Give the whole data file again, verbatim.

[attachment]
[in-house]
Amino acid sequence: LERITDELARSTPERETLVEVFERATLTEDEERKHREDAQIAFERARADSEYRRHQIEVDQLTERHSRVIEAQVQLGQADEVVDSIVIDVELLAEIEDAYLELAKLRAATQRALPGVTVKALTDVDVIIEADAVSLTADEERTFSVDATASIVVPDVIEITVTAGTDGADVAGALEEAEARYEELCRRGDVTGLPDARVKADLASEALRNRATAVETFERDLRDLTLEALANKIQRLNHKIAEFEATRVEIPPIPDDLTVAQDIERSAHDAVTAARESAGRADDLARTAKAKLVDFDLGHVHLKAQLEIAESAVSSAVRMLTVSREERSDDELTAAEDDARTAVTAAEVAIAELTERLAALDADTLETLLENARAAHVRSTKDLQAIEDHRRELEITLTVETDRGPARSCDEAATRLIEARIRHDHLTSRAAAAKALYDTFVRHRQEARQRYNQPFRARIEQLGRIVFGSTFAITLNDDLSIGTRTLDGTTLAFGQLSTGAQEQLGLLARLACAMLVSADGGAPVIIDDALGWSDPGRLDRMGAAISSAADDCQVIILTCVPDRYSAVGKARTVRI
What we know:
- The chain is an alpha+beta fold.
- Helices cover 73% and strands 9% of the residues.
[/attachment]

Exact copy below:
[in-house]
Amino acid sequence: LERITDELARSTPERETLVEVFERATLTEDEERKHREDAQIAFERARADSEYRRHQIEVDQLTERHSRVIEAQVQLGQADEVVDSIVIDVELLAEIEDAYLELAKLRAATQRALPGVTVKALTDVDVIIEADAVSLTADEERTFSVDATASIVVPDVIEITVTAGTDGADVAGALEEAEARYEELCRRGDVTGLPDARVKADLASEALRNRATAVETFERDLRDLTLEALANKIQRLNHKIAEFEATRVEIPPIPDDLTVAQDIERSAHDAVTAARESAGRADDLARTAKAKLVDFDLGHVHLKAQLEIAESAVSSAVRMLTVSREERSDDELTAAEDDARTAVTAAEVAIAELTERLAALDADTLETLLENARAAHVRSTKDLQAIEDHRRELEITLTVETDRGPARSCDEAATRLIEARIRHDHLTSRAAAAKALYDTFVRHRQEARQRYNQPFRARIEQLGRIVFGSTFAITLNDDLSIGTRTLDGTTLAFGQLSTGAQEQLGLLARLACAMLVSADGGAPVIIDDALGWSDPGRLDRMGAAISSAADDCQVIILTCVPDRYSAVGKARTVRI
What we know:
- The chain is an alpha+beta fold.
- Helices cover 73% and strands 9% of the residues.